Former taoiseach Garret FitzGerald is laid to rest after State funeral

FORMER TAOISEACH Garret FitzGerald, one of the greatest politicians in the State’s history, was laid to rest at Shanganagh Cemetery…

FORMER TAOISEACH Garret FitzGerald, one of the greatest politicians in the State’s history, was laid to rest at Shanganagh Cemetery in Shankill in Co Dublin yesterday after a State funeral.

The church was unable to accommodate all the mourners and hundreds braved persistent downpours to watch the simple, dignified service outside on a large screen. An estimated 20,000 people paid their respects to Dr FitzGerald on Saturday when he reposed in the Mansion House.

The chief celebrant at the requiem Mass at the Sacred Heart Church in Donnybrook was theologian Fr Enda McDonagh, a long-time friend.

He told the congregation that Dr FitzGerald’s dominating characteristic was love. It was impossible to think of Garret and not think of his great loves; his wife Joan, his children and grandchildren.


Turning to Dr FitzGerald’s political career he said: “Politicians, some, and Irish voters, perhaps many, were notoriously suspicious of intellectuals and, in a different fashion, of do-gooders, both these in themselves honourable titles were used in a mocking, put-down way by Garret’s critics.

“However, his commitment to loving and truthful public service took him way beyond these criticisms to the office of taoiseach, the achievement of the Anglo-Irish Agreement, that forerunner of the foundation of the Good Friday Agreement and that peace process whose culmination we have been celebrating in the very days of Garret’s last agony and the final surrender of his historical life, devoted as it was to Irish citizens north and south, as well as to family and friends.”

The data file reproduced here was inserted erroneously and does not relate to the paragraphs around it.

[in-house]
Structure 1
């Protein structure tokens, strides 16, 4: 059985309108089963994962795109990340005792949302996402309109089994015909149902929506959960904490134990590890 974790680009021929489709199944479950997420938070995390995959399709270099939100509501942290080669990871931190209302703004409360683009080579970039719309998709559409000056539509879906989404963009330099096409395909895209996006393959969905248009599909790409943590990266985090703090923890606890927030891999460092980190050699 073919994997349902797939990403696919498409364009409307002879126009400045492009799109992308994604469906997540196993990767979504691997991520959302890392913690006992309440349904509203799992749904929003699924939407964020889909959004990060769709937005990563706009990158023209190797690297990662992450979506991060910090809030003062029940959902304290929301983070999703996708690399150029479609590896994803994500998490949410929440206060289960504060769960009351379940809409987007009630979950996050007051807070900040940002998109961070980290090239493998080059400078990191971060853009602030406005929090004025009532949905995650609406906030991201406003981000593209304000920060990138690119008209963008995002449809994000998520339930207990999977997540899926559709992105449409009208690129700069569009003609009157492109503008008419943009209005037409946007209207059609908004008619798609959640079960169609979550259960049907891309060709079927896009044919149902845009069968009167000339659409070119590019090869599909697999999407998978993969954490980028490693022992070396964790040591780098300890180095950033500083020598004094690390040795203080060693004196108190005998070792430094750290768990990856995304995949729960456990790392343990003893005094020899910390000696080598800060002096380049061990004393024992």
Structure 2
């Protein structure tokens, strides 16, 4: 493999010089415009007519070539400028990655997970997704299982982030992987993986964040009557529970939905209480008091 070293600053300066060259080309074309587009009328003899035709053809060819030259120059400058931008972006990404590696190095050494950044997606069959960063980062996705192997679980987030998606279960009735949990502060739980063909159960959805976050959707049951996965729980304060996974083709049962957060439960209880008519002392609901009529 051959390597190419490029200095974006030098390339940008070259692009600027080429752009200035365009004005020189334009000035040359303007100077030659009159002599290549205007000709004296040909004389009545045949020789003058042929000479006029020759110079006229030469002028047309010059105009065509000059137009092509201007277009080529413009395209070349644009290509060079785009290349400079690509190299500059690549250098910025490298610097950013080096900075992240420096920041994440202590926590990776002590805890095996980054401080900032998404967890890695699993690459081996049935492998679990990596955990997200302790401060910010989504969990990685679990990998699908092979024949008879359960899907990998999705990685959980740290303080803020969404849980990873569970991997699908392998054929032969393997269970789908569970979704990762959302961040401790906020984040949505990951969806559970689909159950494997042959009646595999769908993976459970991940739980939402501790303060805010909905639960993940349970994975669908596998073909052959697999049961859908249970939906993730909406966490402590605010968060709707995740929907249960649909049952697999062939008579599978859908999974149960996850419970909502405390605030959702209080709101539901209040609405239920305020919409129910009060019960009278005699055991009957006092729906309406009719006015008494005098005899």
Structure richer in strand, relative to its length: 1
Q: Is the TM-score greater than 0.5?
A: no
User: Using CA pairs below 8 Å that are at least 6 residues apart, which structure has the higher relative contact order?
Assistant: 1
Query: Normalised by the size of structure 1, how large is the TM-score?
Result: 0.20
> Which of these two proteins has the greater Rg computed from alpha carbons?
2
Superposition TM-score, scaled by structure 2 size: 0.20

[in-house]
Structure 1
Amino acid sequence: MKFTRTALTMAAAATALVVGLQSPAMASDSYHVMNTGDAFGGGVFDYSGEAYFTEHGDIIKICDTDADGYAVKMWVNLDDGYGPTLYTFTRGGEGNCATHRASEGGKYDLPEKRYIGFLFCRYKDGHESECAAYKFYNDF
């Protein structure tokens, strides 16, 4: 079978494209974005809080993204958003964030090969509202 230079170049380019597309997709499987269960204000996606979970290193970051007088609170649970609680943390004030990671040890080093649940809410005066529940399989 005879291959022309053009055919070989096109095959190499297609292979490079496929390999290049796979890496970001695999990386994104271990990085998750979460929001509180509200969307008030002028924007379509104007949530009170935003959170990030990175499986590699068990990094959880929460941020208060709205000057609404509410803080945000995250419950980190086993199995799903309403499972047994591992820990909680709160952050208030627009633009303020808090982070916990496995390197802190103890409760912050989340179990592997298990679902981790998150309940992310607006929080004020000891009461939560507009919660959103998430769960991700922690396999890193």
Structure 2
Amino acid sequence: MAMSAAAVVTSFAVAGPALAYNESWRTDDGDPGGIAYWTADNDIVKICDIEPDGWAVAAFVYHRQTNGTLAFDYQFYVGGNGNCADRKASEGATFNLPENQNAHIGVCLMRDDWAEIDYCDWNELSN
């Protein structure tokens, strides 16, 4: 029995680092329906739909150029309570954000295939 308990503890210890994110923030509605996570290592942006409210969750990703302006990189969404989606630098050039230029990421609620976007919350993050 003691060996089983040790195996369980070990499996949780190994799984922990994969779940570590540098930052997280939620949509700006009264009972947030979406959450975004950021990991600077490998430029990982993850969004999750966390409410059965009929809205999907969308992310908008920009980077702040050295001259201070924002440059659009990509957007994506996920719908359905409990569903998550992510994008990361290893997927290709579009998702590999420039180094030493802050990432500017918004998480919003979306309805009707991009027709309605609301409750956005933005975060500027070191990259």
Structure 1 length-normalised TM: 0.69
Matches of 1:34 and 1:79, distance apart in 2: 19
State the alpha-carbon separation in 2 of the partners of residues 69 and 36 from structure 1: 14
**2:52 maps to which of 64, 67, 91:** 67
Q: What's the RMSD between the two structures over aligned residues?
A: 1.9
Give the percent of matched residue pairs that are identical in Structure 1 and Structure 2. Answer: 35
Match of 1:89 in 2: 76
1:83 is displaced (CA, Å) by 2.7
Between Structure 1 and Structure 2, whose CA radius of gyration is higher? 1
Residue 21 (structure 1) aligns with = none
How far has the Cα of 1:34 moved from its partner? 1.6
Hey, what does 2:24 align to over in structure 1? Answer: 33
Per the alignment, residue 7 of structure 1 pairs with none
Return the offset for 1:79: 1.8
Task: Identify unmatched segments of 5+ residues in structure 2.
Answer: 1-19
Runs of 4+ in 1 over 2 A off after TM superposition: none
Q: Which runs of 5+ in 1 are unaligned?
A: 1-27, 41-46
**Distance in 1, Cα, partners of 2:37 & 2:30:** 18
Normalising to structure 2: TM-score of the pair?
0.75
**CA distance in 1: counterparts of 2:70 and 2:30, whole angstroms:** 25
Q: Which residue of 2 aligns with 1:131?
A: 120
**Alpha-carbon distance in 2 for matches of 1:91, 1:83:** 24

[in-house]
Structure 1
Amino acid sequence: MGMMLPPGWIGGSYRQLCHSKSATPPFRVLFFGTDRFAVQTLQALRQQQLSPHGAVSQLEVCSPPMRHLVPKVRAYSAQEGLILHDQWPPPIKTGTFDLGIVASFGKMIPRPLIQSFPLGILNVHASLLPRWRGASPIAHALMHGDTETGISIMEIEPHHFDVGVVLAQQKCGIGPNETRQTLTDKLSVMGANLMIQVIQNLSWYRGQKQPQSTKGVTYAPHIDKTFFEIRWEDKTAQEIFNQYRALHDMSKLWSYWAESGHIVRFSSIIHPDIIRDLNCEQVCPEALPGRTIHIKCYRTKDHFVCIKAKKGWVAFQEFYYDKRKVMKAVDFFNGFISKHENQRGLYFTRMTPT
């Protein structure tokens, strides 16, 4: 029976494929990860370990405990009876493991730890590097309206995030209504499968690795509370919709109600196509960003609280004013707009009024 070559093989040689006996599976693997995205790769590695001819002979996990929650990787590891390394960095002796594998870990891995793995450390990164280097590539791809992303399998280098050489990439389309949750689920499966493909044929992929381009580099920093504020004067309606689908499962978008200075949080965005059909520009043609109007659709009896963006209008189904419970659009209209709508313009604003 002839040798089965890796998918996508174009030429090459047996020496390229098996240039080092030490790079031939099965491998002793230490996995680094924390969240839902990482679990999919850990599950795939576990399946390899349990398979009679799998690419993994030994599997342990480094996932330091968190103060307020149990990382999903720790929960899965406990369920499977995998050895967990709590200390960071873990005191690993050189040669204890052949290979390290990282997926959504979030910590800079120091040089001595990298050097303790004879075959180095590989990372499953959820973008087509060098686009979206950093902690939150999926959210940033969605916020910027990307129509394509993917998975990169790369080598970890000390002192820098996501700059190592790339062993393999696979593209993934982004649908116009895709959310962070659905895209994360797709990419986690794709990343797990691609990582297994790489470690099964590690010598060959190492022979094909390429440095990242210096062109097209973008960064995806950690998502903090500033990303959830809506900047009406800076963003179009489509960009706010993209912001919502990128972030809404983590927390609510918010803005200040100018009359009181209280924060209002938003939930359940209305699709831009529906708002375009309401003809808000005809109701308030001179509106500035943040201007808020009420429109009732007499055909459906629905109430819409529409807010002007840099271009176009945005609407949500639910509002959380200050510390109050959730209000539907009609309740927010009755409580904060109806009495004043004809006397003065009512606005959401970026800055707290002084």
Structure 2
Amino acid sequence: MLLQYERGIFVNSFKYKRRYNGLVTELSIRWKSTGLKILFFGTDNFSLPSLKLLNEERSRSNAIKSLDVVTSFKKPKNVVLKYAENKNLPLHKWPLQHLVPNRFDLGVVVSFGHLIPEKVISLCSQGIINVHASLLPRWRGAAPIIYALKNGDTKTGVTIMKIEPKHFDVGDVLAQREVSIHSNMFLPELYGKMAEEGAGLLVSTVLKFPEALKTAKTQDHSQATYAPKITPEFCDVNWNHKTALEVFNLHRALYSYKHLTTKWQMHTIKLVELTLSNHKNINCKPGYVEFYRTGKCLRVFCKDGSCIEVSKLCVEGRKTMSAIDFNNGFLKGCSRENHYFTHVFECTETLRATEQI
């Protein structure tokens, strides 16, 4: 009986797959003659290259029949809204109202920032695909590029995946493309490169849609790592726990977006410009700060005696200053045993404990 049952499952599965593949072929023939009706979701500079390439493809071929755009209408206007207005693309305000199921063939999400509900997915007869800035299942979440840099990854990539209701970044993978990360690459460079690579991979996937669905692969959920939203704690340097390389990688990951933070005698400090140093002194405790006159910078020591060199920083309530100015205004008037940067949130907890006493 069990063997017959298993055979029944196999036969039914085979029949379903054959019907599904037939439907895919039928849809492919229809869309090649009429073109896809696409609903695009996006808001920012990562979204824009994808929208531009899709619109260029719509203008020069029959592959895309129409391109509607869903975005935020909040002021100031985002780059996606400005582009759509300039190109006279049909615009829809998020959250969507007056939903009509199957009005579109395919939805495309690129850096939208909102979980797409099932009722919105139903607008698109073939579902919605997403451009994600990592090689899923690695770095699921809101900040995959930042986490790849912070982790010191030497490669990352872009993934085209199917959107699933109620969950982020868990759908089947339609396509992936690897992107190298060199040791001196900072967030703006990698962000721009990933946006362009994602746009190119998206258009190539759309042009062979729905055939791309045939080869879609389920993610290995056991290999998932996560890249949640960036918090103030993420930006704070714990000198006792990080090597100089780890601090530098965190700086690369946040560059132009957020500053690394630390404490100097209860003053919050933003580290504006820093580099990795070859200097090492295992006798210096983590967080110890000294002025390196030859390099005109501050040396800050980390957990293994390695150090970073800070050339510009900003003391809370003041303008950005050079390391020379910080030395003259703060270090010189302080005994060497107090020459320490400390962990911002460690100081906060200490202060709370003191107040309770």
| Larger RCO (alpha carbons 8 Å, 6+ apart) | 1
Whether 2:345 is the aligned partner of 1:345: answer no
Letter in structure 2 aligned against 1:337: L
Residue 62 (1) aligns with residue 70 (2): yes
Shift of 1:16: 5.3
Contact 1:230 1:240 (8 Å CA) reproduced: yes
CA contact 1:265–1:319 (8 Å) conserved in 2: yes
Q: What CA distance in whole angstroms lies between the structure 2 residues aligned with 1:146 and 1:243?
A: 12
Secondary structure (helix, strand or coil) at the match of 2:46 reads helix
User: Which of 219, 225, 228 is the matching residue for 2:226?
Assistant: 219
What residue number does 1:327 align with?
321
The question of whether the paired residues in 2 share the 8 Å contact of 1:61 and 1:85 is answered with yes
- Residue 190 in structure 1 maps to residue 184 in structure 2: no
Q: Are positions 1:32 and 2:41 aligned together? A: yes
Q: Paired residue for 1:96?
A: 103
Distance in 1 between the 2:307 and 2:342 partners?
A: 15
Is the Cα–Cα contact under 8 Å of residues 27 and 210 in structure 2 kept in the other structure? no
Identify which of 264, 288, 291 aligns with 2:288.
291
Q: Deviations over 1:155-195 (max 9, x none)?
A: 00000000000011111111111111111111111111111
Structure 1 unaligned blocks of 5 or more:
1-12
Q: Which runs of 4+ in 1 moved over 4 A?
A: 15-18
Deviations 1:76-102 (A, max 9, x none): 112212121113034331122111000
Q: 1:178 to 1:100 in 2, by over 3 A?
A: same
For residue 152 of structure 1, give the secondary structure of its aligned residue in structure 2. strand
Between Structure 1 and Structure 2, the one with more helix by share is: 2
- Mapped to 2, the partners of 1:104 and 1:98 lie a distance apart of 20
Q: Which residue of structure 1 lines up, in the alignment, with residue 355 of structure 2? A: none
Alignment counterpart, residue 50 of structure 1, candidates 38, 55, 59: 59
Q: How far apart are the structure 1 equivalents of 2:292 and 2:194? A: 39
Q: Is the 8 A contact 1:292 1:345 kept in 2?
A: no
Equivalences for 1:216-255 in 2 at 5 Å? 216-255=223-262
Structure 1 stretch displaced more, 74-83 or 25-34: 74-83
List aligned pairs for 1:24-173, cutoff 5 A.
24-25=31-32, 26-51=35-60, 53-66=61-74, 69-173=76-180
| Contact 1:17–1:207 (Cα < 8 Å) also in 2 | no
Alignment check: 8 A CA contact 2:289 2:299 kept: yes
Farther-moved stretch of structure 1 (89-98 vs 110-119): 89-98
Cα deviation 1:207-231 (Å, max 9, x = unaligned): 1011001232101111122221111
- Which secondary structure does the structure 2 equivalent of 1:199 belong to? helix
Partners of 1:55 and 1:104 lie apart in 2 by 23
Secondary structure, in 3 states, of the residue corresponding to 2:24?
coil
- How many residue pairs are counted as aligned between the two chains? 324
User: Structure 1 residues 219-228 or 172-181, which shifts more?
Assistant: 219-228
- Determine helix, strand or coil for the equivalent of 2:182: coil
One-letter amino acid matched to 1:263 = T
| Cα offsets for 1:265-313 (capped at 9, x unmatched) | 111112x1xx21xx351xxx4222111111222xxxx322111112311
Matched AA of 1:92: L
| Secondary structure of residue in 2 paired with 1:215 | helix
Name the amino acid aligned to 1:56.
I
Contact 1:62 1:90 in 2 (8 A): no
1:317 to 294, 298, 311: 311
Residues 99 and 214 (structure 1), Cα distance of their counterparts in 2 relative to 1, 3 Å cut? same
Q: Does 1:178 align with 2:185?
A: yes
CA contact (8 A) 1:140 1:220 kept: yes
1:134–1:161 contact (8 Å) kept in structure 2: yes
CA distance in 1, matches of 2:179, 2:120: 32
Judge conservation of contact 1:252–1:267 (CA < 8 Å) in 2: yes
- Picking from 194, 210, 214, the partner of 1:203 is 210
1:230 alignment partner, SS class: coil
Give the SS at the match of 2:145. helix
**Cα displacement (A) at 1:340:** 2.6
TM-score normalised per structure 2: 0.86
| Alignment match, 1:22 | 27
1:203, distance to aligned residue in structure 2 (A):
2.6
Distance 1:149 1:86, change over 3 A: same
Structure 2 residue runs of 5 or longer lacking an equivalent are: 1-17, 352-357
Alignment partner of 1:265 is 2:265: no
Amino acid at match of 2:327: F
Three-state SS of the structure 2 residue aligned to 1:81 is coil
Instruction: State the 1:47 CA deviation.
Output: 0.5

At the end of the Mass, Dr FitzGerald’s three children took the opportunity to thank those who had been involved in their father’s life at different stages.

His son Mark said his father’s love of numbers and statistics stayed with him right to the end. “Like when he asked for the latest exchequer figures when dealing with respiratory failure,” he said.

His other son, John, an economist with the Economic and Social Research Institute (ESRI), drew laughter from the congregation as he thanked staff at the Central Statistics Office for persevering with his father’s requests for information.

“For over half a century you have enthralled our father and provided much to stimulate him. He was your biggest fan and he probably drove you mad,” he said.

His daughter Mary, an artist, said the family had been overwhelmed and overpowered by the support they had received since his death.

“For showing us how to be a good citizen, a good parent and a good father. Thank you.”

Flowers from the gardens of Dr FitzGerald's three children were brought to the altar as gifts, along with his autobiography All in a Lifeand a copy of Studies, the quarterly review journal of the Jesuits to which he contributed regularly.

Dr FitzGerald’s 10 grandchildren sang, took part in the offertory procession and four of them – Garret, Doireann, Aoife and Ciara – delivered prayers of the faithful while Reachbha and Laoise sang throughout the service.

Taoiseach Enda Kenny gave the first reading and former president Mary Robinson and former minister Peter Barry were among those who recited the Prayers of the Faithful.

All of the Cabinet and many members of the Dáil and Seanad were among the congregation as was most of the judiciary.

Five former taoisigh – Liam Cosgrave, Albert Reynolds, John Bruton, Bertie Ahern and Brian Cowen – were joined by Northern Ireland Deputy First Minister Martin McGuinness, former SDLP leader John Hume and Britain’s ambassador to Ireland Julian King in attending the funeral.

Dr FitzGerald’s coffin was draped in the Tricolour with a bible and cross resting on top.

As it was brought from the church, the crowd outside burst into spontaneous applause.

The coffin was escorted by 18 army motorcycle outriders to Shanganagh Cemetery.

At the graveside, there was little of the pomp normally associated with State funerals – no graveside oration and no 21-gun salute. The Last Post and Reveillewere sounded as Dr FitzGerald was buried alongside his beloved late wife Joan.